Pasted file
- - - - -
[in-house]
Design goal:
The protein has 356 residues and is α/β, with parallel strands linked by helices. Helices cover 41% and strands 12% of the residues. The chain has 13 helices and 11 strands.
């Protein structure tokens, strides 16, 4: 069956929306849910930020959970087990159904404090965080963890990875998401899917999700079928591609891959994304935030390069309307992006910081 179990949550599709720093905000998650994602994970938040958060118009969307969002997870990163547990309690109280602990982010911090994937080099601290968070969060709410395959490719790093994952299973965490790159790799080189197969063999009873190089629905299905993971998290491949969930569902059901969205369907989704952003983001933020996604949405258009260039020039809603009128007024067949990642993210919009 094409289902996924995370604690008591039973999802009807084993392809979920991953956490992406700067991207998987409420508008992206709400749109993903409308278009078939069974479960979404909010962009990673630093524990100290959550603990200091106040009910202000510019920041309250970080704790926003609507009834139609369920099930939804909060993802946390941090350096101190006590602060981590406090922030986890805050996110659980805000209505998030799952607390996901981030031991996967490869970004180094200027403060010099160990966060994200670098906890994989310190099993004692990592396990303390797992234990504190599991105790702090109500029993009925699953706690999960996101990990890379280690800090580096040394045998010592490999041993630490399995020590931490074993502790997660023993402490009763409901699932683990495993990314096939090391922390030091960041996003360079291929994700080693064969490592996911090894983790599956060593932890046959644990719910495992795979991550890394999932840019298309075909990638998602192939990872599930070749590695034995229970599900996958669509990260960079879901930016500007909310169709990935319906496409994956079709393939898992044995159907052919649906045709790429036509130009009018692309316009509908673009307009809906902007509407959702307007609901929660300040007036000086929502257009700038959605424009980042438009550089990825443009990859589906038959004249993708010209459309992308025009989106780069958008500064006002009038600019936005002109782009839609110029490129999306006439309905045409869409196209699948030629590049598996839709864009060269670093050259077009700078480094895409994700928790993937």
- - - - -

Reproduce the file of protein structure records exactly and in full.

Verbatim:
[in-house]
Design goal:
The protein has 356 residues and is α/β, with parallel strands linked by helices. Helices cover 41% and strands 12% of the residues. The chain has 13 helices and 11 strands.
């Protein structure tokens, strides 16, 4: 069956929306849910930020959970087990159904404090965080963890990875998401899917999700079928591609891959994304935030390069309307992006910081 179990949550599709720093905000998650994602994970938040958060118009969307969002997870990163547990309690109280602990982010911090994937080099601290968070969060709410395959490719790093994952299973965490790159790799080189197969063999009873190089629905299905993971998290491949969930569902059901969205369907989704952003983001933020996604949405258009260039020039809603009128007024067949990642993210919009 094409289902996924995370604690008591039973999802009807084993392809979920991953956490992406700067991207998987409420508008992206709400749109993903409308278009078939069974479960979404909010962009990673630093524990100290959550603990200091106040009910202000510019920041309250970080704790926003609507009834139609369920099930939804909060993802946390941090350096101190006590602060981590406090922030986890805050996110659980805000209505998030799952607390996901981030031991996967490869970004180094200027403060010099160990966060994200670098906890994989310190099993004692990592396990303390797992234990504190599991105790702090109500029993009925699953706690999960996101990990890379280690800090580096040394045998010592490999041993630490399995020590931490074993502790997660023993402490009763409901699932683990495993990314096939090391922390030091960041996003360079291929994700080693064969490592996911090894983790599956060593932890046959644990719910495992795979991550890394999932840019298309075909990638998602192939990872599930070749590695034995229970599900996958669509990260960079879901930016500007909310169709990935319906496409994956079709393939898992044995159907052919649906045709790429036509130009009018692309316009509908673009307009809906902007509407959702307007609901929660300040007036000086929502257009700038959605424009980042438009550089990825443009990859589906038959004249993708010209459309992308025009989106780069958008500064006002009038600019936005002109782009839609110029490129999306006439309905045409869409196209699948030629590049598996839709864009060269670093050259077009700078480094895409994700928790993937």